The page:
List of References
ars Technica, 2017. Microsoft 4Q17: Office 365 revenue surpasses traditional licenses. [Online] Ars Technica. Available at: <https://arstechnica.com/information-technology/2017/07/microsoft-4q17-office-365-revenue-surpasses-traditional-licenses/> [Accessed 12 October 2021].
Bort, J., 2009. Six reasons why Microsoft struggles with innovation. [Online] InfoWorld. Available at: <https://www.infoworld.com/article/2631572/six-reasons-why-microsoft-struggles-with-innovation.html> [Accessed 12 October 2021].
Edgy Labs, 2021. Why Cloud Computing is Crucial for Industry 4.0. [Online] EdgyLabs.com. Available at: <https://edgy.app/cloud-computing-industry-4-0> [Accessed 12 October 2021].
Eitzman, A., 2019. A Strategic Audit of Microsoft. University of Nebraska-Lincoln, pp.1 – 23.
Gaus, A., 2021. Microsoft’s 3 Biggest Challenges for 2020. [Online] TheStreet. Available at: <https://www.thestreet.com/investing/microsoft-3-biggest-challenges-2020> [Accessed 12 October 2021].
Guppta, K., 2015. What We Can Learn From Microsoft’s Strategic Challenges. [Online] Strategyzer.com. Available at: <https://www.strategyzer.com/blog/posts/2015/8/10/3-challenges-facing-microsoft-what-we-can-learn-from-them> [Accessed 12 October 2021].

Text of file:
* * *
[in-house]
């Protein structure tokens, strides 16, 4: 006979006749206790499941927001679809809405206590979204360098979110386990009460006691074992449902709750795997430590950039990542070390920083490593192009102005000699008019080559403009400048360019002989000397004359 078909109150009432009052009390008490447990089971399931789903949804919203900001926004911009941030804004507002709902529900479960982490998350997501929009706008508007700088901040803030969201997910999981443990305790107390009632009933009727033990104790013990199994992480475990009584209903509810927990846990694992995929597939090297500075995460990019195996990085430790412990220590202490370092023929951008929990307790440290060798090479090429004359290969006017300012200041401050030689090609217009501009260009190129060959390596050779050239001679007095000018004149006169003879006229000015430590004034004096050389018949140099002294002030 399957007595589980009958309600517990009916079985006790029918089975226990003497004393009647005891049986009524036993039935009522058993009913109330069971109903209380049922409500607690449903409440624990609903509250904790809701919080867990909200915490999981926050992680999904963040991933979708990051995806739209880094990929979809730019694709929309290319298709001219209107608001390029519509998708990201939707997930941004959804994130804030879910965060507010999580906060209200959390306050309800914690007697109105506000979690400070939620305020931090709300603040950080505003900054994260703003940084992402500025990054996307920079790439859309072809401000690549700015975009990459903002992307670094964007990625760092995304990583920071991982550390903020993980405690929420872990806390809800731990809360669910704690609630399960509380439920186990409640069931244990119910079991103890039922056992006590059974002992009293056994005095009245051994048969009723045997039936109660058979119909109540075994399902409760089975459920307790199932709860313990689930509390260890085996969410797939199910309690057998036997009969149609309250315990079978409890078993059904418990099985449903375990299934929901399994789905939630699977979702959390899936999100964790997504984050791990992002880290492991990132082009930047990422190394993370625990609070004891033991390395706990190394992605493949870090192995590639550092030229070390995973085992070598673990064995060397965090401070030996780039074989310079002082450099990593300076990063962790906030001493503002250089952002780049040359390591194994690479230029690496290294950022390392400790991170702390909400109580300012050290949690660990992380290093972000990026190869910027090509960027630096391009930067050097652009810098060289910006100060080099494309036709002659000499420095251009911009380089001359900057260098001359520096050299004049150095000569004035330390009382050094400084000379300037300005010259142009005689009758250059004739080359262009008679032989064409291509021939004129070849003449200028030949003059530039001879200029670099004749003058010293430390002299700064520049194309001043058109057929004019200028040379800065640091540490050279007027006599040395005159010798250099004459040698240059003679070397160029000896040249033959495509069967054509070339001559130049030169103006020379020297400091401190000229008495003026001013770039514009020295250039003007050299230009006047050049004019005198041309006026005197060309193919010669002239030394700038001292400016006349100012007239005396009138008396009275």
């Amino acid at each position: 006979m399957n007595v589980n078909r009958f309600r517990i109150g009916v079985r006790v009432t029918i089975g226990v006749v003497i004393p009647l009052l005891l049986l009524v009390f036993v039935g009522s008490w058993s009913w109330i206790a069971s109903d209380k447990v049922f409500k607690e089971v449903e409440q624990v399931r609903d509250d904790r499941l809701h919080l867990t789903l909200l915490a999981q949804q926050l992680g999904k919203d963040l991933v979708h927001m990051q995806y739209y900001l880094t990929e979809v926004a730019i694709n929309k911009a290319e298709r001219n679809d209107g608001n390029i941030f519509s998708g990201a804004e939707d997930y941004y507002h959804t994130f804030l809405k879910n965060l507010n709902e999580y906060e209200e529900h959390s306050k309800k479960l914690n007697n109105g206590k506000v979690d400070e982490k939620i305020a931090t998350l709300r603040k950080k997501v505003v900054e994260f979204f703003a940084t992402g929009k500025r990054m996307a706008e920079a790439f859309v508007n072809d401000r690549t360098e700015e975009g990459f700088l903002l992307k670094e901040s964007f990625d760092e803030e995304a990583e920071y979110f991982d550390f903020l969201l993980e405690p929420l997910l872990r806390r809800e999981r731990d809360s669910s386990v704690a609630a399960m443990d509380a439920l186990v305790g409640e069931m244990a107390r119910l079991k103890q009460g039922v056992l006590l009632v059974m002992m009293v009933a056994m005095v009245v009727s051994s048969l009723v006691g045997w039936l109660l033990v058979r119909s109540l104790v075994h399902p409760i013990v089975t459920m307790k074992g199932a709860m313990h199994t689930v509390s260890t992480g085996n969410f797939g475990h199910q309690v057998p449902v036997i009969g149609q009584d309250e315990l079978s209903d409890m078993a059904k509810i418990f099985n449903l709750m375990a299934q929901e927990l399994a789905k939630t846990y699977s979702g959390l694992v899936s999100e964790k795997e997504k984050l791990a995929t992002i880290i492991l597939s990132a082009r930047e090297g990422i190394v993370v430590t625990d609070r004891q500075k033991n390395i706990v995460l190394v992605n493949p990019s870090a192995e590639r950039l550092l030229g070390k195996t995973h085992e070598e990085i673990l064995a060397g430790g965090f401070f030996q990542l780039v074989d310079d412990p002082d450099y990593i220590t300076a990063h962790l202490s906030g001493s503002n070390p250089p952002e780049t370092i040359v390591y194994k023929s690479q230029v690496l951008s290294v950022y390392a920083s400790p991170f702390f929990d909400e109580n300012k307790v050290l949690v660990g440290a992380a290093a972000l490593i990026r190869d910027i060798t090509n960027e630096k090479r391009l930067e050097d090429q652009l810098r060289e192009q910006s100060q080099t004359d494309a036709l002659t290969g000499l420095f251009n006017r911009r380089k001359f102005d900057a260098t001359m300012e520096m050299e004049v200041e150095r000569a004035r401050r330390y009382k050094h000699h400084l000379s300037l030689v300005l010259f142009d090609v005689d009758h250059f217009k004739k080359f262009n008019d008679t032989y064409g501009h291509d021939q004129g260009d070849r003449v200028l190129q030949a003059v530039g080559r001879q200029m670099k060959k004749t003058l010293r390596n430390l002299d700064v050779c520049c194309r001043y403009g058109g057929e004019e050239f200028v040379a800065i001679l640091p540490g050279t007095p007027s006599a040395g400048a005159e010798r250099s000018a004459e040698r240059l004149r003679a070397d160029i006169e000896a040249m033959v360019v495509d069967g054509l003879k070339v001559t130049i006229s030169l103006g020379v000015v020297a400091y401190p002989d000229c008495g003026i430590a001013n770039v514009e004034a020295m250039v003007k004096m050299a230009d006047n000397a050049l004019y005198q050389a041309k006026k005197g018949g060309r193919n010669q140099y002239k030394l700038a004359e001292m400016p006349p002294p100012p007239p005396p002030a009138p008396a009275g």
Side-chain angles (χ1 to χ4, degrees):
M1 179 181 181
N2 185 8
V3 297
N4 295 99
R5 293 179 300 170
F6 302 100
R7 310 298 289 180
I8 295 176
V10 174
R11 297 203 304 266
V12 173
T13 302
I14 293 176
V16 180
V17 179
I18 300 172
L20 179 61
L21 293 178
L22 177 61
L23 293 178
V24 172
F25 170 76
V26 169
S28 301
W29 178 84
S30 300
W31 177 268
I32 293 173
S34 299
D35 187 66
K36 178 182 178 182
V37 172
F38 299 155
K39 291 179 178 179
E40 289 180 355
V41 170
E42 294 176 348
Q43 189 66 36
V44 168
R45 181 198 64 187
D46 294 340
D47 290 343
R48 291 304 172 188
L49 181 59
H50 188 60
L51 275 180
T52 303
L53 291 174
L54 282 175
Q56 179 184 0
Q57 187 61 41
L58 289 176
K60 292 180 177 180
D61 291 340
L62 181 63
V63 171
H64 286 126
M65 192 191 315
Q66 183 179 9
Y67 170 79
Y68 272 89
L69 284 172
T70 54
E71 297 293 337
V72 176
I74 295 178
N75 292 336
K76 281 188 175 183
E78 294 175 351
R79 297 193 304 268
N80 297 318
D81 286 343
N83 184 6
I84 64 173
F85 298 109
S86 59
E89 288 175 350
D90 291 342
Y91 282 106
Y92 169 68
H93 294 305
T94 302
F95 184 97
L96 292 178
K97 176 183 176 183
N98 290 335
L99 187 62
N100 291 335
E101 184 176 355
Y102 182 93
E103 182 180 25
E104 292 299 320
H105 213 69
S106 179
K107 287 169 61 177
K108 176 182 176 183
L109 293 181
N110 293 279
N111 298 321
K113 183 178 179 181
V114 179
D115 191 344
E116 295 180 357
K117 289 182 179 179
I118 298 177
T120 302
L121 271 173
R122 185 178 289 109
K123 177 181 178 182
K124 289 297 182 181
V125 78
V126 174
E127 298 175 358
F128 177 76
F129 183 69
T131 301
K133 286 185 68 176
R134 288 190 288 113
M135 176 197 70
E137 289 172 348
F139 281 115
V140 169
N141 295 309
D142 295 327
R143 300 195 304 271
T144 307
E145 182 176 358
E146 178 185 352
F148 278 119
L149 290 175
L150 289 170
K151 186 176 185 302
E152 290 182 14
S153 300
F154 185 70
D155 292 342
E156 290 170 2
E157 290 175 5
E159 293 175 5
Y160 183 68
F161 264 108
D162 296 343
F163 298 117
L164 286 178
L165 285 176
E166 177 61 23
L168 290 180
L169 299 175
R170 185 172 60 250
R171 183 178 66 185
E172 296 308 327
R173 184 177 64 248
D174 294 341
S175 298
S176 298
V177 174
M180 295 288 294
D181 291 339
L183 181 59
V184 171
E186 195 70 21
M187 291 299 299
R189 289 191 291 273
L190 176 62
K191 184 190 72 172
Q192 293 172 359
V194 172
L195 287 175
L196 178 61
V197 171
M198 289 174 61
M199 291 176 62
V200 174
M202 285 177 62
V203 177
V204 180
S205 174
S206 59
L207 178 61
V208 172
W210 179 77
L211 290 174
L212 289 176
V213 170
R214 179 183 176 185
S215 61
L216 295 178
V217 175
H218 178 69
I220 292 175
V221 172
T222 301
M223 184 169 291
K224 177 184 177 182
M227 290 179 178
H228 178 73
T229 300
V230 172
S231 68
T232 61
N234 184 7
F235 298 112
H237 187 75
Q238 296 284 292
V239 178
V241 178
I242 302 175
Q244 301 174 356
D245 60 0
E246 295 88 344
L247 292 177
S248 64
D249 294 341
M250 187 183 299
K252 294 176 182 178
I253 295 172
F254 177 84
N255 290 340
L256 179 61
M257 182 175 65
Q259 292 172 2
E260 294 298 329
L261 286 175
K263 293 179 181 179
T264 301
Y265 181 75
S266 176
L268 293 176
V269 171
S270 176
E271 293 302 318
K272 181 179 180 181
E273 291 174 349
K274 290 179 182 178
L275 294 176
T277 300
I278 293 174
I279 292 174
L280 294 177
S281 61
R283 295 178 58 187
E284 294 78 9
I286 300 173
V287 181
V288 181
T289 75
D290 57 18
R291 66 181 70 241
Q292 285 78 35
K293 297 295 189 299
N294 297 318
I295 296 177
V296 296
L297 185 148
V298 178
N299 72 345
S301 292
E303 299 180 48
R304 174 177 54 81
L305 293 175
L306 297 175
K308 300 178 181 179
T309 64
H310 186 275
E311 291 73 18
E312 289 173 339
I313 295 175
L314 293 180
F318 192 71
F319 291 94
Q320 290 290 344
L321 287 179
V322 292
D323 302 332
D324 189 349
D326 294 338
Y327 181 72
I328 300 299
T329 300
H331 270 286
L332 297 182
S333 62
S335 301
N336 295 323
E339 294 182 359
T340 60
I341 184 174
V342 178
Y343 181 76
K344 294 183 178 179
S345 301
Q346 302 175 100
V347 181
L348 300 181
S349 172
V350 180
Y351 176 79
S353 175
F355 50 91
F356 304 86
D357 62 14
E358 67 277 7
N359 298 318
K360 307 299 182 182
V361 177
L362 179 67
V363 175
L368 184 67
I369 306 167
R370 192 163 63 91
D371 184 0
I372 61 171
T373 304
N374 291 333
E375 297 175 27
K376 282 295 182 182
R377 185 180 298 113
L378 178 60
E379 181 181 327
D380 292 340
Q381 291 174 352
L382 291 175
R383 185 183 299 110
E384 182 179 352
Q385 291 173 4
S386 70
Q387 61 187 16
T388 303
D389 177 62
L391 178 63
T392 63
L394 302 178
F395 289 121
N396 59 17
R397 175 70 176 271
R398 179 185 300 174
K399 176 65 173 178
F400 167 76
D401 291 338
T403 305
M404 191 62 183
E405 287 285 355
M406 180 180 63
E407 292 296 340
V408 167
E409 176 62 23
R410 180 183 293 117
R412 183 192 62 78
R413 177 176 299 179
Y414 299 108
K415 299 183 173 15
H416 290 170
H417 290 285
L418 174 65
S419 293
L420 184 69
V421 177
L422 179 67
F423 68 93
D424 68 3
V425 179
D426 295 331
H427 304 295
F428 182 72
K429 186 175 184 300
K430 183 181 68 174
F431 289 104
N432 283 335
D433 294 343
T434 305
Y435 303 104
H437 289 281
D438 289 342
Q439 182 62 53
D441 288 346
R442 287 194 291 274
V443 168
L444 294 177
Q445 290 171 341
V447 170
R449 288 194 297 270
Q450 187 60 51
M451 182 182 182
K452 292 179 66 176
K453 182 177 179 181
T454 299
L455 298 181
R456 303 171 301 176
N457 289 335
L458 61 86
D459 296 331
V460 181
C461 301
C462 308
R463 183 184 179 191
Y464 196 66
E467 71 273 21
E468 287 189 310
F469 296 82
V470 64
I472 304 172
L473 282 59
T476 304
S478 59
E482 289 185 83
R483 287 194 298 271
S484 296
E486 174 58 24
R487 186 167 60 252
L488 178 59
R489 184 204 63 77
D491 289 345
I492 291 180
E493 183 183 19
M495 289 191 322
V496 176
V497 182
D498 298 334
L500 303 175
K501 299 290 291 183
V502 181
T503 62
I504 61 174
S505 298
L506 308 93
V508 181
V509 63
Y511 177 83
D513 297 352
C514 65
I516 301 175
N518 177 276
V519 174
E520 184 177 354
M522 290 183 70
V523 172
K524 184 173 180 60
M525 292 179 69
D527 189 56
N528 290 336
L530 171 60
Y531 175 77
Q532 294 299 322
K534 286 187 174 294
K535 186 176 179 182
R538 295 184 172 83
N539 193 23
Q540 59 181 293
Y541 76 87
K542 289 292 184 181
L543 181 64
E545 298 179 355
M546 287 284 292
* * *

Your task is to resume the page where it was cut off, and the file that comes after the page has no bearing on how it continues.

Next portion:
Keizer, G., 2016. Pssst! Office 365 customers pay Microsoft up to 80% more over the long haul. [Online] Computerworld. Available at: <https://www.computerworld.com/article/2919935/pssst-office-365-customers-pay-microsoft-up-to-80-more-over-long-haul.html> [Accessed 12 October 2021].
Synergy Research Group, 2021. Cloud Market Ends 2020 on a High while Microsoft Continues to Gain Ground on Amazon | Synergy Research Group. [Online] Srgresearch.com. Available at: <https://www.srgresearch.com/articles/cloud-market-ends-2020-high-while-microsoft-continues-gain-ground-amazon> [Accessed 12 October 2021].
Warren, T., 2016. Microsoft wasted at least $8 billion on its failed Nokia experiment. [Online] The Verge. Available at: <https://www.theverge.com/2016/5/25/11766540/microsoft-nokia-acquisition-costs> [Accessed 12 October 2021].